Authenticity of being. Your ability to cultivate a voice of your own as an artist requires a great effort to come to terms with your true self and see the world as clearly as you can through your own consciousness. I do not believe that skills or knowledge make great artists. These things will come in time if you have a true vision and endurance.

What role does the artist have in society?

An artist is some who wants to give to the society what it does not ask for. So you obviously do not do it for money or status or acceptance. The need to create comes from the inner, spiritual level. Art fulfils the human spirit and nurtures the very essence of who we are as humanity.

Do you have any favourite art work?

You mean my work? Since I have so many and different kinds of works, it is hard to pick a favourite piece. But certain pieces are more dear to me than others because of their significance in process or meaning.

One of your most outstanding works are the award winning Graces. Could you tell us a bit more about that piece? What brought you to work on that idea, confronting the male gaze?

I won the Sovereign Asian Art Prize with “Seated Three Graces” in 2010. This is one of the most importance pieces from the Graces series for its culmination of the form and message. Taking a popular western art theme from the western art history and reconstructing it with present day Asian female bodies challenges our familiar notion of ideal beauty and opens up a forum about contemporary dynamics of gender, race, culture, and identity. These “goddesses” embrace the paradoxical dissonance of being simultaneously western and Asian, past and present, and fiction and reality. It was a conscious decision to represent humanity through the female form in this series as in history male form always represented humanity, although the half of human population in the world consists of females.

The strength of this work also derives from its sheer visual power, the “realness” of the figures and their poses.

Many people after seeing this work asked me what material I used to make these sculptures. People thought I had made sculptures and photographed them. And this was exactly the illusion I wanted to create! It is entirely a photographic creation, where I photographed actual women posed in that way and prototypical classical sculpture heads separately, then combined the body and head together digitally. The most important part was digitally altering the skin texture to make them look sculptural, whereby every single pixel of the skin surface was touched up in the most meticulous and laborious way. This work took three years to complete.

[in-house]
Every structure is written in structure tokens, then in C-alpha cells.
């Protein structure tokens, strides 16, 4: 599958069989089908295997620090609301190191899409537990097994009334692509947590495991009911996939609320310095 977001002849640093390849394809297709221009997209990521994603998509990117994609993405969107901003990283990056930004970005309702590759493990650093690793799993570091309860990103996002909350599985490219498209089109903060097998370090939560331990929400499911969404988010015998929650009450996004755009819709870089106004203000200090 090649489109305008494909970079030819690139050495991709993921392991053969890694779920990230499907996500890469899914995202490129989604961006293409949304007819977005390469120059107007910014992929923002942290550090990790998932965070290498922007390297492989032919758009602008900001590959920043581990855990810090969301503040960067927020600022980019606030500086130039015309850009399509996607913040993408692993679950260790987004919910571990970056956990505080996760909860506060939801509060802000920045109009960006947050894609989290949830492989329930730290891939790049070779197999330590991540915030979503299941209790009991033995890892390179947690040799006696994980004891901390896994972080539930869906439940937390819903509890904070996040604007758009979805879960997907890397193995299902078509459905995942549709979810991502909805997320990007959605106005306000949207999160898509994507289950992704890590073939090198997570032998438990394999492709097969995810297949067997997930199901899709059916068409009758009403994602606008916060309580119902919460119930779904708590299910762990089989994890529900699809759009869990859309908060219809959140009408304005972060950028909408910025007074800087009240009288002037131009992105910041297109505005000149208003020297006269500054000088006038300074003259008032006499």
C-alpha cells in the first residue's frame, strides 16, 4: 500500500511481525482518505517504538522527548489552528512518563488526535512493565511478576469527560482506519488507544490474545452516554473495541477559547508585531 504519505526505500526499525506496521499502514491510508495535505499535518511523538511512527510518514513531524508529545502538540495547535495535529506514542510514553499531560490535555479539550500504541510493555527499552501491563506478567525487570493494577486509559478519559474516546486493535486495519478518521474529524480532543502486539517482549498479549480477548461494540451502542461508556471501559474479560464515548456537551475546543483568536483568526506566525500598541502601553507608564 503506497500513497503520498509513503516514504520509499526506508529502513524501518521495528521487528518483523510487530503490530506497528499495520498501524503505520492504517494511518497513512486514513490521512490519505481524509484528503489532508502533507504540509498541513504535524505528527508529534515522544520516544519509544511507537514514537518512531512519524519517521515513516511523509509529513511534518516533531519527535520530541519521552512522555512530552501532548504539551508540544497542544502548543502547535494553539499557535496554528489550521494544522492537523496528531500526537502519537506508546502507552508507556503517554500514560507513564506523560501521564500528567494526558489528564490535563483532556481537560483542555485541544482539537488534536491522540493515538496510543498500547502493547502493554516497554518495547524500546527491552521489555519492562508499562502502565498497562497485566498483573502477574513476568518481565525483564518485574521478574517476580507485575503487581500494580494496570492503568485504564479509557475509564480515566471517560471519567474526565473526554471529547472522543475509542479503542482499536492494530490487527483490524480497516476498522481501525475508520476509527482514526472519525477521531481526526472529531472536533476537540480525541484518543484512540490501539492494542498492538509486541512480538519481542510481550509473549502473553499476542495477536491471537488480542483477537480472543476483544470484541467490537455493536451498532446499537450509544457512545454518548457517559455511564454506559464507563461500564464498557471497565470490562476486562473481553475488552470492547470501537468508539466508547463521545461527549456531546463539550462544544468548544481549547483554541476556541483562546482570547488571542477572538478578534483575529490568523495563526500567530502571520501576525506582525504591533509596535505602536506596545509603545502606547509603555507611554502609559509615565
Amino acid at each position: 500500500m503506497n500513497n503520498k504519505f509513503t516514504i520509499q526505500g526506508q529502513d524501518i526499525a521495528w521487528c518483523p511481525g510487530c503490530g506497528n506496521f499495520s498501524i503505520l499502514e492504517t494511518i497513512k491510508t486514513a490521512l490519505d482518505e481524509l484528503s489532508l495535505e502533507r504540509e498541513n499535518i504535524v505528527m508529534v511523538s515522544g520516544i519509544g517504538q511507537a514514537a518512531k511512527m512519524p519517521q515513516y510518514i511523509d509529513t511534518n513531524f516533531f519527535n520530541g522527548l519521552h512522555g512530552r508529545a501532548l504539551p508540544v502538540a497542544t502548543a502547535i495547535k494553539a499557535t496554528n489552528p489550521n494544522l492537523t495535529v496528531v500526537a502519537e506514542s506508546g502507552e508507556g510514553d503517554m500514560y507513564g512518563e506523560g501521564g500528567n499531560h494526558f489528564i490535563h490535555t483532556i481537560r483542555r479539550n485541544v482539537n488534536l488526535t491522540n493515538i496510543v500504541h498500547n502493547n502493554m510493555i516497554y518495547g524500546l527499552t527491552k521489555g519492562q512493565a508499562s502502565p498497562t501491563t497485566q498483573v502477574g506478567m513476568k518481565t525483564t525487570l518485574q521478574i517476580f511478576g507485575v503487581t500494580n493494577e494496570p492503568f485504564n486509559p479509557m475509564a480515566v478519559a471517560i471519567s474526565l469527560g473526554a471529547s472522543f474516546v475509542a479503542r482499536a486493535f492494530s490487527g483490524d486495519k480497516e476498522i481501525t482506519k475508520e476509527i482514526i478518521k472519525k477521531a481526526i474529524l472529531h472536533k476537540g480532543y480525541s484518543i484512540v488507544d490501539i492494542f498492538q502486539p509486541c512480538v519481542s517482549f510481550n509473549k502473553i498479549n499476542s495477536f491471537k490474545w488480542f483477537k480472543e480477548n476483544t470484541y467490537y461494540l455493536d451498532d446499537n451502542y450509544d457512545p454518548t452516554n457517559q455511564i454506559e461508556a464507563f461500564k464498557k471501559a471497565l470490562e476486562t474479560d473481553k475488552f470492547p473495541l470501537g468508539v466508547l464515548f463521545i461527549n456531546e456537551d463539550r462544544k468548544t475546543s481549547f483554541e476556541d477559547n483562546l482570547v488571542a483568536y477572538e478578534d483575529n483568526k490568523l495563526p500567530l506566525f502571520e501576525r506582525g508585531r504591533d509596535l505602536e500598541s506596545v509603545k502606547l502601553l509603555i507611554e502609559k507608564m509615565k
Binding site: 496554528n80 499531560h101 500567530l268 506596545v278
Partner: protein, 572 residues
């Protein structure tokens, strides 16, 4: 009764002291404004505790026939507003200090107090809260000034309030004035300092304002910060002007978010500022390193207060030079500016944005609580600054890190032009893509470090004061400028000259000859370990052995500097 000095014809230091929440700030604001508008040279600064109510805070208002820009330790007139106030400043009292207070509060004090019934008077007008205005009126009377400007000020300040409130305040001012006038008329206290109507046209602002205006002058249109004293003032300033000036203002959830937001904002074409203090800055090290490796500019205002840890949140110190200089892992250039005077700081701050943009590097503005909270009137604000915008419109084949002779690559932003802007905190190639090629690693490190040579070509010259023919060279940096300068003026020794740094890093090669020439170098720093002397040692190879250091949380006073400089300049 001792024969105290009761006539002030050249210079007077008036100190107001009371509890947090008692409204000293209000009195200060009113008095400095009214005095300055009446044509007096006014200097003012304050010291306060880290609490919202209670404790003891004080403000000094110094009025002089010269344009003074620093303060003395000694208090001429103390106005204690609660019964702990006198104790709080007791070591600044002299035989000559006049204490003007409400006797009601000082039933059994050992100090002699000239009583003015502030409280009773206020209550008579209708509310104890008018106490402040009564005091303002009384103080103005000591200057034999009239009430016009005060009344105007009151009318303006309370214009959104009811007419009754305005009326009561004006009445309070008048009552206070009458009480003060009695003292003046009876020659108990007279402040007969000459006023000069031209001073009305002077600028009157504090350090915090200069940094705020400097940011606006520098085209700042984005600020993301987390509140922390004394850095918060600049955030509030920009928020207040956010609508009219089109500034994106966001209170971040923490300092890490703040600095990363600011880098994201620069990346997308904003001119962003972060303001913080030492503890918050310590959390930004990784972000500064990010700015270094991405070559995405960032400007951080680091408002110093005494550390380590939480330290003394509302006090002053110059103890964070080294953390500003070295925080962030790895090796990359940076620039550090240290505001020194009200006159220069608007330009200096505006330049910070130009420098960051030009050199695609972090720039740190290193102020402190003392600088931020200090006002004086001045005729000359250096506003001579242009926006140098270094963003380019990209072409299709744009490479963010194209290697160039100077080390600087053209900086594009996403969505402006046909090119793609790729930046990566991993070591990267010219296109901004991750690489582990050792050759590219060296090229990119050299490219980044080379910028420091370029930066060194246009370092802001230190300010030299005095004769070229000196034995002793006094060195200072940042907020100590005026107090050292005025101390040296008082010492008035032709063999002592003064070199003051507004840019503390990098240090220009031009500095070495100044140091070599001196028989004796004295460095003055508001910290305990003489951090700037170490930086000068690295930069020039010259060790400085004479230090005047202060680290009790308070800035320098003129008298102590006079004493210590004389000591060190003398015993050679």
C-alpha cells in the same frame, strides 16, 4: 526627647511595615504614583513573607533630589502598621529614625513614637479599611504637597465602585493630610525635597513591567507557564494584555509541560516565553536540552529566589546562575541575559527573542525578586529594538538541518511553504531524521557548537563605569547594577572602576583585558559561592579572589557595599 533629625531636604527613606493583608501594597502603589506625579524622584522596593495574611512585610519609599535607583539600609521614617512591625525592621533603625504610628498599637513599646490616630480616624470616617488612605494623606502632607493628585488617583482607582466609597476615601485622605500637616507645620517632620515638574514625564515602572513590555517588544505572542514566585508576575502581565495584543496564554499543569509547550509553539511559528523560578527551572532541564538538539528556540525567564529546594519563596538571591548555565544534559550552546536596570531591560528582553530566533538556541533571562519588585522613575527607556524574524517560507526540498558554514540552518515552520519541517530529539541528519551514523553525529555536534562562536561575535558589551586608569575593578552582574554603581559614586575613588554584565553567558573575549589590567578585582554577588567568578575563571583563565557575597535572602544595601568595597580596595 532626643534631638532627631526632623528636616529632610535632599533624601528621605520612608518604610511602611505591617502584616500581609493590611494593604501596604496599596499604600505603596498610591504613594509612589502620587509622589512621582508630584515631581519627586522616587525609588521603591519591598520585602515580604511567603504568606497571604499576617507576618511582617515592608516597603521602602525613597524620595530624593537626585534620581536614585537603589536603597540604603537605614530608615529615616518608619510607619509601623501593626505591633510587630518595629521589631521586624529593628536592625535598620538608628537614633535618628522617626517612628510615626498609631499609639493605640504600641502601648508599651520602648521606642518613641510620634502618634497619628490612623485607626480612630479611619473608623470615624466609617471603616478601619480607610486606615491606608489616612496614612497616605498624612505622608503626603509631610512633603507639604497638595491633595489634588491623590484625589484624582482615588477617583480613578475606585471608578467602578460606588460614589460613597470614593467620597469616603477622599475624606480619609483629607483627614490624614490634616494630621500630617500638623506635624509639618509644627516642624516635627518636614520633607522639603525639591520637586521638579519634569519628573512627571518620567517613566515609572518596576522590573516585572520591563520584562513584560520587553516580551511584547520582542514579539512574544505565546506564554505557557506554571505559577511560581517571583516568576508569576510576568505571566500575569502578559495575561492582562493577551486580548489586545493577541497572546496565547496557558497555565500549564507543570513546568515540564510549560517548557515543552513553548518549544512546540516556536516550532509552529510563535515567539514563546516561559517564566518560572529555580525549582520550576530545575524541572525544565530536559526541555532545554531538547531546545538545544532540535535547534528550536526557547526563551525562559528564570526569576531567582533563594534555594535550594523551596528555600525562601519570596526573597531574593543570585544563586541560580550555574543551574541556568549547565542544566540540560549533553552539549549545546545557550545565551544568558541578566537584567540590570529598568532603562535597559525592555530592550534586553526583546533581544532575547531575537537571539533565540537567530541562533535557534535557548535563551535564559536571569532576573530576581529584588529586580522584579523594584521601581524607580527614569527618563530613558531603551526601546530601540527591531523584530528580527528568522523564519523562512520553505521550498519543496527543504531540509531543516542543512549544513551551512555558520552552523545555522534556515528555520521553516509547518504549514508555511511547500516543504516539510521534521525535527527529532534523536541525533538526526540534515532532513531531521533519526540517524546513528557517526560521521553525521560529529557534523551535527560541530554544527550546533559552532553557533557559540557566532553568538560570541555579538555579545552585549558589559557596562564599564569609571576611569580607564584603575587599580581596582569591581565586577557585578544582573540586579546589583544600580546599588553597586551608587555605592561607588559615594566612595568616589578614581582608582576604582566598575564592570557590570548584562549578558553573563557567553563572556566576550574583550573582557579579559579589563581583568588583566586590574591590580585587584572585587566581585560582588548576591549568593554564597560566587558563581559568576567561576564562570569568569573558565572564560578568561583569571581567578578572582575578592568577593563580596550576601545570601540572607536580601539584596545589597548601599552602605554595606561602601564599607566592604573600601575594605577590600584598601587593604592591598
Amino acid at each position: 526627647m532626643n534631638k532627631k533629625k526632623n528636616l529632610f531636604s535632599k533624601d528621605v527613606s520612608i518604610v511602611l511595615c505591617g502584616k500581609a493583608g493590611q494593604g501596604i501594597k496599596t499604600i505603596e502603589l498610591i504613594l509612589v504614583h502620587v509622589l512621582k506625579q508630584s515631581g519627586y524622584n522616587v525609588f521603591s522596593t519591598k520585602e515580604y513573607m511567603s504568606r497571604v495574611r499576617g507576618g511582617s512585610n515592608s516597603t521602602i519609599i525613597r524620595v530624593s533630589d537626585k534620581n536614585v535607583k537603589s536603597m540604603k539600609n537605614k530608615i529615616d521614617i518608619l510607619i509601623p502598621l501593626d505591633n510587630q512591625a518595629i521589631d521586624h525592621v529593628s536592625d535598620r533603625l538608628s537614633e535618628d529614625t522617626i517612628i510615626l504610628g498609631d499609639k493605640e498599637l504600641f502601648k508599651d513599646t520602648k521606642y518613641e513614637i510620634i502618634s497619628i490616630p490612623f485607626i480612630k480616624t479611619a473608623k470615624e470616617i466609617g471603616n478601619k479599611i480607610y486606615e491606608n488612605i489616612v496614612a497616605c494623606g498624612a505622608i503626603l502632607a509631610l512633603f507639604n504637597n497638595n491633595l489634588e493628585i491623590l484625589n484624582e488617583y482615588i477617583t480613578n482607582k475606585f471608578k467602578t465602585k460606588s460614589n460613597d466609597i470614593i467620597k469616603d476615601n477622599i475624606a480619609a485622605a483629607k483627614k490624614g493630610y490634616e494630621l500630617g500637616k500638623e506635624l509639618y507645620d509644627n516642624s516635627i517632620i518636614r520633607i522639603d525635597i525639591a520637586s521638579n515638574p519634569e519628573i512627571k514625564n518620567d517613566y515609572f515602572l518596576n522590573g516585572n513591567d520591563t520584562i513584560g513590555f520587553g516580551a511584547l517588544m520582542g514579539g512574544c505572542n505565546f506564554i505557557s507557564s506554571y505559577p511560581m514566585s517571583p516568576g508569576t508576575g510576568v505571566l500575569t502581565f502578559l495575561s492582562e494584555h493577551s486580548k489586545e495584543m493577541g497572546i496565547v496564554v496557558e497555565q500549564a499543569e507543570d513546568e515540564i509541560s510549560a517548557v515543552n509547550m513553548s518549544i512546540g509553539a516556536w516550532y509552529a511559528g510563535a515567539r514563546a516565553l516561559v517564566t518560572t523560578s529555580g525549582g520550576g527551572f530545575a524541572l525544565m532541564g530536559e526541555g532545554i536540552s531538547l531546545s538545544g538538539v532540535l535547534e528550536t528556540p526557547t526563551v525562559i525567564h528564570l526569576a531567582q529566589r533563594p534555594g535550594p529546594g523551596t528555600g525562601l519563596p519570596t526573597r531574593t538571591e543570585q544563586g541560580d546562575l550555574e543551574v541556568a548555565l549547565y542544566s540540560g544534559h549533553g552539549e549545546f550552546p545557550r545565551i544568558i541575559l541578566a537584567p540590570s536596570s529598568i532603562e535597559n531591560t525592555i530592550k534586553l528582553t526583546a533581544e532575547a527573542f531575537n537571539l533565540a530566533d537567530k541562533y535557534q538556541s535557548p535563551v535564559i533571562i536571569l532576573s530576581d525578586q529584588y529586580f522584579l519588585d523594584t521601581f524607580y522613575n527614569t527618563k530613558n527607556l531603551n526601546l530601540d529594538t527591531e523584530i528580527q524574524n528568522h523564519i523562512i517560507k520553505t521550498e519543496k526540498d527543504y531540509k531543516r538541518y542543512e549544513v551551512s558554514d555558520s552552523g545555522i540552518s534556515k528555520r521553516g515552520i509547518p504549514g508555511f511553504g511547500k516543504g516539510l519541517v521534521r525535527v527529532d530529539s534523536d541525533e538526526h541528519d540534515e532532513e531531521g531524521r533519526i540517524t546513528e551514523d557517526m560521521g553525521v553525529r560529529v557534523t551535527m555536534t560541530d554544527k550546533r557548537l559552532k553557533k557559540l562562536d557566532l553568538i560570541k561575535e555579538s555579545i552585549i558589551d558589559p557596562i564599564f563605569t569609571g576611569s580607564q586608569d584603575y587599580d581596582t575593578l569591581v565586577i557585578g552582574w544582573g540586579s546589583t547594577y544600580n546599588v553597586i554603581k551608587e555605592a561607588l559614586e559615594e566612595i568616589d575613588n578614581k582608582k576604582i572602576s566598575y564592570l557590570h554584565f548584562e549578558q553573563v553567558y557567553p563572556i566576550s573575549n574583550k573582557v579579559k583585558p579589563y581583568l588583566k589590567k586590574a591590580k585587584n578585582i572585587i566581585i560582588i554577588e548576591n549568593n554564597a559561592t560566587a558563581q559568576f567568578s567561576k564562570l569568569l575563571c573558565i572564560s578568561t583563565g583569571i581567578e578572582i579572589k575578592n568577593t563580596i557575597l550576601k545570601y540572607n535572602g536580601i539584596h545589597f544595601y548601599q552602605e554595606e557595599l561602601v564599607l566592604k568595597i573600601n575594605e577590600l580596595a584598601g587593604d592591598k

Speaking about race, identity, and gender, how is it working as an Asian woman in the mainly White, male-dominated industry that is the arts?

There is definitely that, same as in most other professional fields. Looking at the way art world operates and the politics behind it of course can be discouraging. This is not where my inspiration comes from, but I am in it. I try to focus more on my work as I believe artist ultimately speaks with their art.

What is the main question you are trying to ask with your art? The one main thing you wish for those who see your art to ask themselves? 

Who are you in essence and what is the meaning of life?

Do you have, amongst your art works, a piece which you feel a particular connection with, which maybe you prefer above the others or are particularly proud of?

“Battle of Conception” because the challenges of making this work became a sheer journey of life and it changed my life. What I endured to complete this work in seven years, I feel like I could write a book about… I even met my husband while working on it.

Finally, what do you think are the main challenges for any artists nowadays?

Since so much information and resources are available nowadays, I think it becomes that much more difficult to find your authentic voice. It is like when so much is allowed, how do you determine what is important and make people hear you out? In the sea of information, materials, and options available in today’s world, it is challenging as an artist not to be distracted by the superfluous and cut through the facade of things. But then, this has never been easy for any artist in any time in history.